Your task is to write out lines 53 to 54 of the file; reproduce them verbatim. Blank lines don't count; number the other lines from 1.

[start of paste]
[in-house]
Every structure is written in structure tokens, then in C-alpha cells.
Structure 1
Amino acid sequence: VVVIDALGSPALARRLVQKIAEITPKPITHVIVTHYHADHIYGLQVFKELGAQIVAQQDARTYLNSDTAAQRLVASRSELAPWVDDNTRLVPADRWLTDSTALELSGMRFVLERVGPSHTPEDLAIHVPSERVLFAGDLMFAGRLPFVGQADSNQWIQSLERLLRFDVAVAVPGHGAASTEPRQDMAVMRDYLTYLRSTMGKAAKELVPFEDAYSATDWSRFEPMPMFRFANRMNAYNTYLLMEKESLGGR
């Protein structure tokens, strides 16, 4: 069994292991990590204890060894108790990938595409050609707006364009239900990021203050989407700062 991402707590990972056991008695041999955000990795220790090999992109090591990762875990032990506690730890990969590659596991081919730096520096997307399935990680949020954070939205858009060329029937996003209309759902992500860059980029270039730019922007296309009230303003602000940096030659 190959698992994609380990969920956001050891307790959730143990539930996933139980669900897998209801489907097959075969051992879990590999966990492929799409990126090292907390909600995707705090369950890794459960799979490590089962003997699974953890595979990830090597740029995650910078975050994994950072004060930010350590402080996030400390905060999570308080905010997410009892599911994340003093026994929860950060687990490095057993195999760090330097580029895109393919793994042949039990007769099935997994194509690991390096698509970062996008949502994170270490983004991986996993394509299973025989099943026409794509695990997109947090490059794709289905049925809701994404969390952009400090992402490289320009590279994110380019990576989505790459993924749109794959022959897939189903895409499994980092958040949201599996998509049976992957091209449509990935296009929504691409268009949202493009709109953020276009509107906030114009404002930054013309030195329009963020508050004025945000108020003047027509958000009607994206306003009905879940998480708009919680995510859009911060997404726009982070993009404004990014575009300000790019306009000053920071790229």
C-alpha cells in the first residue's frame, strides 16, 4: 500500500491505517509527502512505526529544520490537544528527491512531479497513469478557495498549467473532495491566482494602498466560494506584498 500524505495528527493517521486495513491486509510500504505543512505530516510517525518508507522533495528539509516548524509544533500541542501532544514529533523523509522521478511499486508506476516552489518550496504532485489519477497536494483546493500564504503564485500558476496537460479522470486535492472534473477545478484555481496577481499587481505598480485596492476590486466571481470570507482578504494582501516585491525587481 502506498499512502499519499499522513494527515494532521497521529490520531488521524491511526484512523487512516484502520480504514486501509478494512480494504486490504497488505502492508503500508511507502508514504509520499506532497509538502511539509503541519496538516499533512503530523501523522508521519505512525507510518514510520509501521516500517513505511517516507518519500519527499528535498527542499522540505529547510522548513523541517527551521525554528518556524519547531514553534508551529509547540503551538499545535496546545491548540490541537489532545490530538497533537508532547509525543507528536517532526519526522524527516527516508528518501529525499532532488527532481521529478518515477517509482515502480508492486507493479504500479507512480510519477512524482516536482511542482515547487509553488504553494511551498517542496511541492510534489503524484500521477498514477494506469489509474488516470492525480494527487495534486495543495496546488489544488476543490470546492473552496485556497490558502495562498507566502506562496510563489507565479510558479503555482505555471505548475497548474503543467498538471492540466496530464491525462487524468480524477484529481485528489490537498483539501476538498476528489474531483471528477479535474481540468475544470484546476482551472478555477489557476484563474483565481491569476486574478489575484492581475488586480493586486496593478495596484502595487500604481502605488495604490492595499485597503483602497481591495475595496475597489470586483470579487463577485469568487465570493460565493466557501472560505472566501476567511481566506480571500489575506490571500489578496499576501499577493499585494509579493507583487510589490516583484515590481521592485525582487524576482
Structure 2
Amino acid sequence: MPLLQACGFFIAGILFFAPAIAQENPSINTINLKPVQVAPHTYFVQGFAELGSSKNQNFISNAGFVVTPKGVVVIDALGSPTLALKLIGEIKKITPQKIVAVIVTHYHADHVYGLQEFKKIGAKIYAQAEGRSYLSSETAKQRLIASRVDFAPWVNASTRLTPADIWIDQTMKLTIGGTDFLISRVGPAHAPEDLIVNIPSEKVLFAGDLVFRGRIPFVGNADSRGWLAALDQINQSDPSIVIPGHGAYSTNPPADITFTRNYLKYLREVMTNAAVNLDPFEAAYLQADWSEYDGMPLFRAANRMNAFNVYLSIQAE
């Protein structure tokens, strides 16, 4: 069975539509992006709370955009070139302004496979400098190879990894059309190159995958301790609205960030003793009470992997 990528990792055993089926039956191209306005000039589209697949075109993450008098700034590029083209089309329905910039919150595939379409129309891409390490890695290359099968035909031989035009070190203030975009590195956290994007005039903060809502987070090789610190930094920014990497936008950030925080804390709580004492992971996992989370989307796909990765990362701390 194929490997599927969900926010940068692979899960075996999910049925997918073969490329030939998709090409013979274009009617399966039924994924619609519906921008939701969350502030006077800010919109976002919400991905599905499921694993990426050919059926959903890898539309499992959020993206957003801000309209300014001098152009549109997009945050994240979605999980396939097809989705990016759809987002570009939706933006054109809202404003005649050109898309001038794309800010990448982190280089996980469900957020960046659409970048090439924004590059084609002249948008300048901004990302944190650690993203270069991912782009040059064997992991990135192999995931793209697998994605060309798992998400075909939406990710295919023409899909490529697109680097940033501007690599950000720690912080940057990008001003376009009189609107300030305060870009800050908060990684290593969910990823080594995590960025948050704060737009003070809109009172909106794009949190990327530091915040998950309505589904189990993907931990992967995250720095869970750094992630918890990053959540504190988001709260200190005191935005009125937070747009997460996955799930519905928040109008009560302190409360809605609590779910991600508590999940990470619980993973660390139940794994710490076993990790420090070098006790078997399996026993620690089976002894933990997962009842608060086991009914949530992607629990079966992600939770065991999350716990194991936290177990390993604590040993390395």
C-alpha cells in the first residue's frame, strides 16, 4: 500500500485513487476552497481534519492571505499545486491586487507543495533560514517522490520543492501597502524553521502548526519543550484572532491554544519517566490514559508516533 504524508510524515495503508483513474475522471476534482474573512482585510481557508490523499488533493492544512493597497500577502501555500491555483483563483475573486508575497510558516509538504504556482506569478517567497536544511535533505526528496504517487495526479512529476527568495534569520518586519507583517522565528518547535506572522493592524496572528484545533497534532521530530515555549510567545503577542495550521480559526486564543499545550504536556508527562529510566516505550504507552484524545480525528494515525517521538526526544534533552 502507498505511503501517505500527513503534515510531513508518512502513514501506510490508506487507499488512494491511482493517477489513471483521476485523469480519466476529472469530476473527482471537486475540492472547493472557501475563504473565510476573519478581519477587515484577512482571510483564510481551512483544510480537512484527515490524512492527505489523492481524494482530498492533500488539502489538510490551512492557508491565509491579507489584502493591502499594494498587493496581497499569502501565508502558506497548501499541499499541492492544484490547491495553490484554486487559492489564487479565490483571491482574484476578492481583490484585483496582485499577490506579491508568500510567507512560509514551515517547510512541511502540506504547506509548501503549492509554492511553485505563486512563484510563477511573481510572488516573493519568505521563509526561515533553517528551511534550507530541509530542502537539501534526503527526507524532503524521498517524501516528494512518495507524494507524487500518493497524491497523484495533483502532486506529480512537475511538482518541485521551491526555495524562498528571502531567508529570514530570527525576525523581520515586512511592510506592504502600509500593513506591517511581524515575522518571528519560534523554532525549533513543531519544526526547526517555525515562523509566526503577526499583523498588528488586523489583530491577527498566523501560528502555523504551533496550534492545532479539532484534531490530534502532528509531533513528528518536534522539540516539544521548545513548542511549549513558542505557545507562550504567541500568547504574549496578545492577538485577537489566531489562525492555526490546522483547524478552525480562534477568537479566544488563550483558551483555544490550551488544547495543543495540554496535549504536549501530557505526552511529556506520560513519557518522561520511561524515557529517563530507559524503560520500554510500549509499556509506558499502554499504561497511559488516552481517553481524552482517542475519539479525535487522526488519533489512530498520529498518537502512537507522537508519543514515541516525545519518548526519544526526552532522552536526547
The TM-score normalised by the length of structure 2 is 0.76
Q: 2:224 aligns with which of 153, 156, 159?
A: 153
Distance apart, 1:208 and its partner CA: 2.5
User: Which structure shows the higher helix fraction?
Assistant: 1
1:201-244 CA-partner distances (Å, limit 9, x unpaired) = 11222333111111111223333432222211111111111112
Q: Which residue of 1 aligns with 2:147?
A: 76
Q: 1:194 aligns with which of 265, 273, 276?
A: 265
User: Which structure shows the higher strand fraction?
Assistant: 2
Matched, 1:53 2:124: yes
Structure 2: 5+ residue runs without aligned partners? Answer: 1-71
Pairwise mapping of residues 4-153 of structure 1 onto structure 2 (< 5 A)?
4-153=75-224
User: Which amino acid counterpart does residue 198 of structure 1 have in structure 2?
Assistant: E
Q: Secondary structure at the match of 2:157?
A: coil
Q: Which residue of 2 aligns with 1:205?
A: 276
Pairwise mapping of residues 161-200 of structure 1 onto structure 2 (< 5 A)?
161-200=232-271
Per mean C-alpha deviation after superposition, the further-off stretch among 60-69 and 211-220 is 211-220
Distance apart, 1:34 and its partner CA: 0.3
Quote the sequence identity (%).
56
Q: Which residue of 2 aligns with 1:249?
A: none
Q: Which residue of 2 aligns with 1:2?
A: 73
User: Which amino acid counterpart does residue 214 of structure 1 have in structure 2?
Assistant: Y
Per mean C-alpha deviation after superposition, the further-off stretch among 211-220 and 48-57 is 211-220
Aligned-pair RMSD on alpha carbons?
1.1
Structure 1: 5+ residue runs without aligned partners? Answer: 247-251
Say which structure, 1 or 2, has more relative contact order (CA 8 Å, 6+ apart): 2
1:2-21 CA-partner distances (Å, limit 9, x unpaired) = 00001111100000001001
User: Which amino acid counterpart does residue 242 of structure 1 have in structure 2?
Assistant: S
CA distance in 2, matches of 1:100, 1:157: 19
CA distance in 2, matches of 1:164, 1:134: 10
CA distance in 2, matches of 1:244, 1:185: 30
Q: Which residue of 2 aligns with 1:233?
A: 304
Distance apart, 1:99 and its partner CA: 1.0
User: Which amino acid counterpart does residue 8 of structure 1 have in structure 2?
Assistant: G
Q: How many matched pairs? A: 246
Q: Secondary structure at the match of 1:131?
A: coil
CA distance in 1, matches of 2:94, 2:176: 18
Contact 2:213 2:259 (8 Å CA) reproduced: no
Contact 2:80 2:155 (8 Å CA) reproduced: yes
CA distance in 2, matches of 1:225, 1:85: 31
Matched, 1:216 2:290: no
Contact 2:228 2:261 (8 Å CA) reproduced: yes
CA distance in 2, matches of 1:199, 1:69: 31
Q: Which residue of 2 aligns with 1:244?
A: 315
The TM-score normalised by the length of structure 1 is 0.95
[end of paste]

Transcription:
Assistant: S
CA distance in 2, matches of 1:100, 1:157: 19